A SENIOR council officer has told a court yesterday how he was arrested and his house searched by police probing a fraud allegation against him.
Farooq Dastgir, who denies a charge of false accounting, was cleared on Tuesday of two of the other charges levelled against him at Cardiff Crown Court.
The jury was directed to reach a “not guilty” verdict on one count of false accounting and one of misconduct in public office.
Dastgir, of Coed Camlas, New Inn, took to the stand yesterday morning as Huw Evans opened the case for the defence.
Until he was suspended on full pay in 2011, 53-year-old Dastgir ran a shared technology centre in Blaenavon where computer services from Torfaen council, Monmouthshire council and Gwent Police operated.
Dastgir is alleged to have organised for a false invoice for £10,000 to be created for cabling work that had not been and was never intended to be done.
IT contractor Camelot was run by co-defendant Gary Inchliffe, 52, of Beechcroft, Trelewis, who also denies a charge of false accounting.
The prosecution allege Camelot was to use the money to pay for a supplement in the South Wales Argus advertising digital developments in Torfaen. But it had been decided the costs should be met through private sponsorship and not taxpayers’ money.
Dastgir told the court he was the ‘main instigator’ for taking IT in Torfaen back to an in-house operation. He added that his contacts with large IT companies allowed it access to state of the art new equipment at a low cost, as the council would test the products for them.
He also described coming back from a holiday and a few days later being arrested.
He felt like “sinking in the ground”, he said.
“Police wanted to come to my home to do a search. Within 15 minutes, six to eight officers came. Boom. Searched my house, took the computers, my son’s computer, financial information, every aspect.”
I was thinking, “What the hell have I done? Why are you arresting me?”
He told the jury: “I have been waiting for this day for two and a half years, ladies and gentlemen. Nobody ever spoke to me. I was so scared. I was shivering all the time in interviews. I just couldn’t believe why this was happening to me.”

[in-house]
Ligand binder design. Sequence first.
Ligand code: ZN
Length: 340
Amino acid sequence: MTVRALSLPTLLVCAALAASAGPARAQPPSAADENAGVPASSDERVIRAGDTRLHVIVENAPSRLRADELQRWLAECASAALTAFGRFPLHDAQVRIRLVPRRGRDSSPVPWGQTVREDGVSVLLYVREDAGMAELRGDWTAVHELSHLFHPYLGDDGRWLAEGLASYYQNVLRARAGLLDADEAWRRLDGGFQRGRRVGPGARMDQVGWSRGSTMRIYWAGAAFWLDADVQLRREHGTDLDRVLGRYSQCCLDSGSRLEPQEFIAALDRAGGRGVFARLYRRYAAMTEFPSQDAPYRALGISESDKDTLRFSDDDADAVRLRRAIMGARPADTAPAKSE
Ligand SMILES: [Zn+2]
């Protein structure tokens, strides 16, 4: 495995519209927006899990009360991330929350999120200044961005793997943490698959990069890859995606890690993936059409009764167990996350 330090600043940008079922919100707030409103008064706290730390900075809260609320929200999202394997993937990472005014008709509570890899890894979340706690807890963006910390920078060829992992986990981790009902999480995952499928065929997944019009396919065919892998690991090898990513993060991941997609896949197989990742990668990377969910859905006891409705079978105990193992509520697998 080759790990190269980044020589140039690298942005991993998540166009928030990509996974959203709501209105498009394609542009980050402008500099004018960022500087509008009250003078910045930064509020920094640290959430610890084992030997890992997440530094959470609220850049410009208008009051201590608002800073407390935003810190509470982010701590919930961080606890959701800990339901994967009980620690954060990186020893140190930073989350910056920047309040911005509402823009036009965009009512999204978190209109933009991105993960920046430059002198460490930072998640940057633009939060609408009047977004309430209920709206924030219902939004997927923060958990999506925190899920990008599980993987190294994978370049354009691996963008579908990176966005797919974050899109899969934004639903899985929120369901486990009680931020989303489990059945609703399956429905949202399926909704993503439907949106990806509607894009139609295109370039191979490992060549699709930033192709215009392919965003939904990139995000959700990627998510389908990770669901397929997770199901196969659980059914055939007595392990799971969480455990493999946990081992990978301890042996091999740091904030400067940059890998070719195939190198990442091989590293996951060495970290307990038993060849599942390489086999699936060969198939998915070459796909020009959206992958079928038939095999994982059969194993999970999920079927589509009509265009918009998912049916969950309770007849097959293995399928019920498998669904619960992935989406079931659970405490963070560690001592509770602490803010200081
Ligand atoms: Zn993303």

He had never been in trouble prior to this, he said.
“Every single thing of my data was on my computer or my emails because I was a mobile worker. For 18 months I was given no access. How could you expect me to answer the questions when I don’t have the information?
“I was left in a cell for three to four hours. I was thinking, Why do this to me? Ask me questions, ask me what it’s all about. I even wrote a document for them. I tried my best to give them all the information I could.”
He said a switch over in systems led to it being much more difficult to keep track of payments. He also denied having a whispered conversation with Stephen Jeynes, head of Shared Resources.
The Argus has previously reported Mr Jeynes’ claims that in an informal meeting, Dastgir whispered to him that an invoice would be coming in for £10,000 for Camelot IT for a newspaper article.
Dastgir said: “Every time we spoke about anything to do with finance, we made notes because it is crucial, we could not afford to make mistakes... I would never speak about finances in front of other staff. I would have discussed financial information in my office.”
Dastgir described his relationship with Inchliffe as professional and not personal and said the council had used Camelot IT, Inchliffe’s company on previous projects.
The court heard how electronic diaries at the data halls in Blaenavon would show if a meeting between Dastgir and Mr Jeynes took place. Dastgir agreed that July 4 was a very busy day for him and that he would not have had time for an informal meeting with Stephen Jeynes, as claimed.